I wasn’t expecting to right a part II but seeing as the country might be reeling towards at least a partial shut down (thank you asshole anti-maskers) it seems like a good topic. You may have seen in a previous post that we are planning a road trip to Pennsylvania this winter break and, well, it’s still on (for now!) even though Pennsylvania (with just cause) is restricting things again. So I have updates & addendums from the last COVID Trip Planning blog post.
Read the Fine Print
This tip is always important but extra so if you are purchasing tickets or booking accommodations during COVID. Now that the global shock is over, most companies are being nearly as lenient with refunds (I don’t blame them). This means, however, that you may be out a lot of money if you are not careful. Both the AirBnbs we booked in Pennsylvania (our other accommodations are free through personal connections) can be canceled for a FULL refund until about Christmas Eve. This means that if December 20th Pennsylvania goes into total lockdown, I can pivot and not lose money.
I also plan to reach out to our hosts to see IF I needed to amend our booking (i.e. stay less nights because there’s nothing left to do) what would be the process/cost.
Read more: Why I love AirBnb
Know When to Quit
ugh…not something I want to include in a travel-related blog post but seriously: know when to quit. If the state you are traveling to request people from your state (hello Floridians!) to quarantine then I don’t know if a trip will be worth it (and don’t get me started on why you will NOT be a lawless asshole and disregard their rules!). I am watching Pennsylvania & COVID like a hawk to judge if it would be a good idea or not. If I am required to stay inside for 2 weeks then, quite obviously, I’m not going to spend the money on that.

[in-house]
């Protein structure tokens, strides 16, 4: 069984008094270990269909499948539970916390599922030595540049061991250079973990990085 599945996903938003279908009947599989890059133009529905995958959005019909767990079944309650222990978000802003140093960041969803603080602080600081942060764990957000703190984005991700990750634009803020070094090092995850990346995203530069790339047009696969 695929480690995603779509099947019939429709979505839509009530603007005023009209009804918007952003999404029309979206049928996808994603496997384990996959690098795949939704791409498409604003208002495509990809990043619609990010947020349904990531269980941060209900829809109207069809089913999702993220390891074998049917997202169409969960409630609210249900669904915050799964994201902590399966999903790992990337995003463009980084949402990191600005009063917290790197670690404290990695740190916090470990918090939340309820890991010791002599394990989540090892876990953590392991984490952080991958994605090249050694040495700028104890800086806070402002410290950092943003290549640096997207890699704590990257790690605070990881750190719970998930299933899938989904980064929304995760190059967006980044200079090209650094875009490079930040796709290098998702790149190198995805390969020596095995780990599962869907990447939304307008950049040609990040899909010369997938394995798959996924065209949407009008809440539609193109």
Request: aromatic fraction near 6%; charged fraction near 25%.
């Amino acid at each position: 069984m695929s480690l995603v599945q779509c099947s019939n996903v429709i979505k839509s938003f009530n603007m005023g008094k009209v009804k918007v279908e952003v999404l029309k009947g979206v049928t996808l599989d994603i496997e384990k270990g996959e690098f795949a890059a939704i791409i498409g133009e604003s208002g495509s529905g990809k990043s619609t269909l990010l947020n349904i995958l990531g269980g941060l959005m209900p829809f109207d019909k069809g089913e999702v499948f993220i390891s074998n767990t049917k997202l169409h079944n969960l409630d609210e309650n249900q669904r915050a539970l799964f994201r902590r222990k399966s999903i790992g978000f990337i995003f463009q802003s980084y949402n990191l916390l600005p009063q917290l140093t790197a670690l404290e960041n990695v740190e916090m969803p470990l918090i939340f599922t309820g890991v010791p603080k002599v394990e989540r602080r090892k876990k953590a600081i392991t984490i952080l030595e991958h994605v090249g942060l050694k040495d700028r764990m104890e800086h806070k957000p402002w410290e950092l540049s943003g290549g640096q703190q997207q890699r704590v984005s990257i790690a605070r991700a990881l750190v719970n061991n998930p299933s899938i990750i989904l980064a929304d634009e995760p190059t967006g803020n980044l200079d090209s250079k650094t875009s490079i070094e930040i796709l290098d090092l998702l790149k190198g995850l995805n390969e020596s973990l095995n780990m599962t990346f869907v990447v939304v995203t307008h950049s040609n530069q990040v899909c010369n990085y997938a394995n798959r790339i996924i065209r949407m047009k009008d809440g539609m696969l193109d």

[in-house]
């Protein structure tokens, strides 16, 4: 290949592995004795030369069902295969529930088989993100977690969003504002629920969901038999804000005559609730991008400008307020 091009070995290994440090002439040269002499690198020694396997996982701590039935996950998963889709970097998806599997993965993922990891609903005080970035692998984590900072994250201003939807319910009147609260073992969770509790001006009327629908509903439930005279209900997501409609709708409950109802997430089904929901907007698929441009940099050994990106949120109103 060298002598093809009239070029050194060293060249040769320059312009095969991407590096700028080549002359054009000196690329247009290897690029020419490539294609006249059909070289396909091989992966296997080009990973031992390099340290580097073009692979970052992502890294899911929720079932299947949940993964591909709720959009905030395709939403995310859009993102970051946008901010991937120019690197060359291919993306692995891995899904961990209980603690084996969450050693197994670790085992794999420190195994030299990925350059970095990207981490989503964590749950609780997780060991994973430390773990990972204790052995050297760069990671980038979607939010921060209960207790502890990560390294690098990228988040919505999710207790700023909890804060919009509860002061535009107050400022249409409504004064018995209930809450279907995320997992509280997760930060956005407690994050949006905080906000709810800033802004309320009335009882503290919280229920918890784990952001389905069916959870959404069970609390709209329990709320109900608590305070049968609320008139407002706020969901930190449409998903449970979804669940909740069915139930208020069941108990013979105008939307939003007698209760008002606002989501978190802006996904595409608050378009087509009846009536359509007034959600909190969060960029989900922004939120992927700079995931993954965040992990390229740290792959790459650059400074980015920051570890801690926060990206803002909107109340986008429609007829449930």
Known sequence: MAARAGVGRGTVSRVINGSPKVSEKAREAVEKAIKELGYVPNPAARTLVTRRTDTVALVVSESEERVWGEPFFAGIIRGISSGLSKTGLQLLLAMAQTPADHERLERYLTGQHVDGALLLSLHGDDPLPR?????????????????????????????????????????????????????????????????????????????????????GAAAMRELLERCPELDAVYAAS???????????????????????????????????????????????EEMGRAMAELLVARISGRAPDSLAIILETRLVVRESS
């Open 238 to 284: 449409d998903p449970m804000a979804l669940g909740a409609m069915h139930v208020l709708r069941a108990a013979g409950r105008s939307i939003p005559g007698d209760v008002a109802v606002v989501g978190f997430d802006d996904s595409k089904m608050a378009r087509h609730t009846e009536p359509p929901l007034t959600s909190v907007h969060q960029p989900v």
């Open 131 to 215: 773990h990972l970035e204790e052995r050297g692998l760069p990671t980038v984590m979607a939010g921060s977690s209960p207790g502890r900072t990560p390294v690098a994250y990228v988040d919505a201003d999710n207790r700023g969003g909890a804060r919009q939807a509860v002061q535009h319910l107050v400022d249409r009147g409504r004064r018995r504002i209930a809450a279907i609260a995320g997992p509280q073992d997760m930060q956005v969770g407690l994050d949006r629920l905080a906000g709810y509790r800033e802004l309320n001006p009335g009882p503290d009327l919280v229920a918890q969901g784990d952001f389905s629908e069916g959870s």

Something I (half-jokingly) tossed around to Will is that we could travel to a “Trumper state” that wouldn’t put those restrictions on because they don’t believe in COVID because they’re ass-backwards conspiracy theorists. He, however, had a great counterpoint: we probably would be so uncomfortable with the lack of public health measures so we wouldn’t want to go. True, very true.
Is there an alternative? Yes. Travel your own state. They can’t kick you out. So worse case scenario we are going to do something, any thing in Florida.
Read more: My Orlando Travel Guide
Flexible (Outdoor) Planning
I like to plan a trip with a few “achor” items that are pre-booked and important, surrounded by lists of possibilities. With more COVID restrictions coming, it is important that those flexible possibilities are outdoors. You can’t shut down nature right? (well National Parks were closed for a while…so I guess you can!) Specifically for Philadelphia, I am thinking that we can spend more time in Amish Country if the museums I want to do in the city are closed. Even in the dead of winter, you can always do SOMETHING outdoors, so find out what is appropriate for your location and weather before planning.
Read more: Travel Tips: How to Plan a Balanced Trip
Related to the point above, many institutions like museums now require reservations and pre-booking to keep numbers low due to COVID. This means you cannot just stroll up to the Barnes Museum and walk in. Before I pre-book our museum visits I am going to read the fine print to see what happens if the government closes all indoor amusement. As much as I do not mind supporting the arts, I want to know ahead if my $50 museum entrance becomes an impromptu donation. Watching when tickets go on sale, how fast they sell out can help you keep a pulse on when/if to buy.
I think, even during a pandemic, part of life can “go on.” However, I want to make it very clear that Will & I are taking this very seriously, factoring in public health, personal and community safety, and we would never do anything that would put others and ourselves in danger. I know healthy people who have died of COVID. This is not a joke y’all.